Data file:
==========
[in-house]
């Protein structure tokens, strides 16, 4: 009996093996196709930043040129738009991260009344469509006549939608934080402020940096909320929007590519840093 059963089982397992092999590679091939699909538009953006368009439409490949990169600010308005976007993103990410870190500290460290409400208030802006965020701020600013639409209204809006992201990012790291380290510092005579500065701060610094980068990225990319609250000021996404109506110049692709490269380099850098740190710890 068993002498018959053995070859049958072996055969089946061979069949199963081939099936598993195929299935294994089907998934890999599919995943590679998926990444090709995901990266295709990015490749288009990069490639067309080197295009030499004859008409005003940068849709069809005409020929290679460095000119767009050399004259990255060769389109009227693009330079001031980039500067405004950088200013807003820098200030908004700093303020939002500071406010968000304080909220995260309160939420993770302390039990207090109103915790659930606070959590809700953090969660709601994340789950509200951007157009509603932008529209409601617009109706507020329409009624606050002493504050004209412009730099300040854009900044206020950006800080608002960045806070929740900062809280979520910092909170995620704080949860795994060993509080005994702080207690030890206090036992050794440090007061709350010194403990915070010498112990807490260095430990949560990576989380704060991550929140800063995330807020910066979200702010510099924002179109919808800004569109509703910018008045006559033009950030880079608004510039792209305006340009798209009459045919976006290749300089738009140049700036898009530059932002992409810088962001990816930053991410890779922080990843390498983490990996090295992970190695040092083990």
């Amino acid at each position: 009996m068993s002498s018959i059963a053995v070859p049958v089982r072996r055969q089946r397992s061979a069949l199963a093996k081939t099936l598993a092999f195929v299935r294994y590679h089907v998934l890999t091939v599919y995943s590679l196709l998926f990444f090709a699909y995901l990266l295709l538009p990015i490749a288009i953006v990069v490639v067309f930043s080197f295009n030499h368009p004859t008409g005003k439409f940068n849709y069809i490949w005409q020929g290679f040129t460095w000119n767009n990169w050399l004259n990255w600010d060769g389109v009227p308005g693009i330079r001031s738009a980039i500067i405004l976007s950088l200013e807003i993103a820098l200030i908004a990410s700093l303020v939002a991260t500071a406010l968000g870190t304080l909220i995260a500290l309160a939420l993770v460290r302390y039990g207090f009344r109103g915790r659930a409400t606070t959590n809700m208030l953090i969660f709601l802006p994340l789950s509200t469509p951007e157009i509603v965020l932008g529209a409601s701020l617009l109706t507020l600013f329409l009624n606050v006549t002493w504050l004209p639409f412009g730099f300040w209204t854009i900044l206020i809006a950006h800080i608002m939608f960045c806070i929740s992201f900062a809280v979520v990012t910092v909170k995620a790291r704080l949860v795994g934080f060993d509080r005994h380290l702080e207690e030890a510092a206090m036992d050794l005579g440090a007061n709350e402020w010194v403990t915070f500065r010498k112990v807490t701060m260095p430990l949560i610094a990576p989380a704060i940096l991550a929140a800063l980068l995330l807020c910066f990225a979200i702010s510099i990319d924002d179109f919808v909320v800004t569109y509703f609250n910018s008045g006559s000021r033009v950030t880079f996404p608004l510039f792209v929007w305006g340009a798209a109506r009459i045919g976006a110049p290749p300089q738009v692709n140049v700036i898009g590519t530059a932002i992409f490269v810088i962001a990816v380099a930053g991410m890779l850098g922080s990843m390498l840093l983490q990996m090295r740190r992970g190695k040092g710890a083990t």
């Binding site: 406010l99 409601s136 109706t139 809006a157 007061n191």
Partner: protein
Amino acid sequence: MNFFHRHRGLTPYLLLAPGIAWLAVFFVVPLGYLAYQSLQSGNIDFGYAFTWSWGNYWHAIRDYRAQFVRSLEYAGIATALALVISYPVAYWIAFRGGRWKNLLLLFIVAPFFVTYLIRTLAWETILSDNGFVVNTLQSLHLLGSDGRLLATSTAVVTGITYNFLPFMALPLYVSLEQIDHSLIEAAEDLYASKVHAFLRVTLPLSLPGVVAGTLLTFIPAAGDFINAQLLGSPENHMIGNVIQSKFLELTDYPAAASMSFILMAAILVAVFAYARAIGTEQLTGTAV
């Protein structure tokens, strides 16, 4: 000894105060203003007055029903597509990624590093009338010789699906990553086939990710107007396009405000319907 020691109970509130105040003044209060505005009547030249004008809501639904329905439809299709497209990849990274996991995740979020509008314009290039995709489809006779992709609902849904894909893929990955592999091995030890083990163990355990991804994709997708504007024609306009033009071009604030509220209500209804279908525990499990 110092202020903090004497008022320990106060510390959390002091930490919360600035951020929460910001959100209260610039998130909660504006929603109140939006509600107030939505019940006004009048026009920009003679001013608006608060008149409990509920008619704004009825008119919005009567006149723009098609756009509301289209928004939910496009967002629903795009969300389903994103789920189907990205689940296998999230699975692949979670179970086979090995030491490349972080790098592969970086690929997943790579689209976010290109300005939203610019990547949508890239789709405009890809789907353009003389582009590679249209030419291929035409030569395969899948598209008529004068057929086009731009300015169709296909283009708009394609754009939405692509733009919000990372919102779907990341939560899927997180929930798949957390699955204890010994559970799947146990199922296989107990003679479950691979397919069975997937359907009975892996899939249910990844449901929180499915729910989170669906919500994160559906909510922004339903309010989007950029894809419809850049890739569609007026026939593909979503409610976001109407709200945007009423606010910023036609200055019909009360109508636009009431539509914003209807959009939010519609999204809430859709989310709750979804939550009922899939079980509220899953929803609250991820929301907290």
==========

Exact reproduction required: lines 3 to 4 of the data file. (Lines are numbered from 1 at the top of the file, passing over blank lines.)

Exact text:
């Amino acid at each position: 009996m068993s002498s018959i059963a053995v070859p049958v089982r072996r055969q089946r397992s061979a069949l199963a093996k081939t099936l598993a092999f195929v299935r294994y590679h089907v998934l890999t091939v599919y995943s590679l196709l998926f990444f090709a699909y995901l990266l295709l538009p990015i490749a288009i953006v990069v490639v067309f930043s080197f295009n030499h368009p004859t008409g005003k439409f940068n849709y069809i490949w005409q020929g290679f040129t460095w000119n767009n990169w050399l004259n990255w600010d060769g389109v009227p308005g693009i330079r001031s738009a980039i500067i405004l976007s950088l200013e807003i993103a820098l200030i908004a990410s700093l303020v939002a991260t500071a406010l968000g870190t304080l909220i995260a500290l309160a939420l993770v460290r302390y039990g207090f009344r109103g915790r659930a409400t606070t959590n809700m208030l953090i969660f709601l802006p994340l789950s509200t469509p951007e157009i509603v965020l932008g529209a409601s701020l617009l109706t507020l600013f329409l009624n606050v006549t002493w504050l004209p639409f412009g730099f300040w209204t854009i900044l206020i809006a950006h800080i608002m939608f960045c806070i929740s992201f900062a809280v979520v990012t910092v909170k995620a790291r704080l949860v795994g934080f060993d509080r005994h380290l702080e207690e030890a510092a206090m036992d050794l005579g440090a007061n709350e402020w010194v403990t915070f500065r010498k112990v807490t701060m260095p430990l949560i610094a990576p989380a704060i940096l991550a929140a800063l980068l995330l807020c910066f990225a979200i702010s510099i990319d924002d179109f919808v909320v800004t569109y509703f609250n910018s008045g006559s000021r033009v950030t880079f996404p608004l510039f792209v929007w305006g340009a798209a109506r009459i045919g976006a110049p290749p300089q738009v692709n140049v700036i898009g590519t530059a932002i992409f490269v810088i962001a990816v380099a930053g991410m890779l850098g922080s990843m390498l840093l983490q990996m090295r740190r992970g190695k040092g710890a083990t």
């Binding site: 406010l99 409601s136 109706t139 809006a157 007061n191």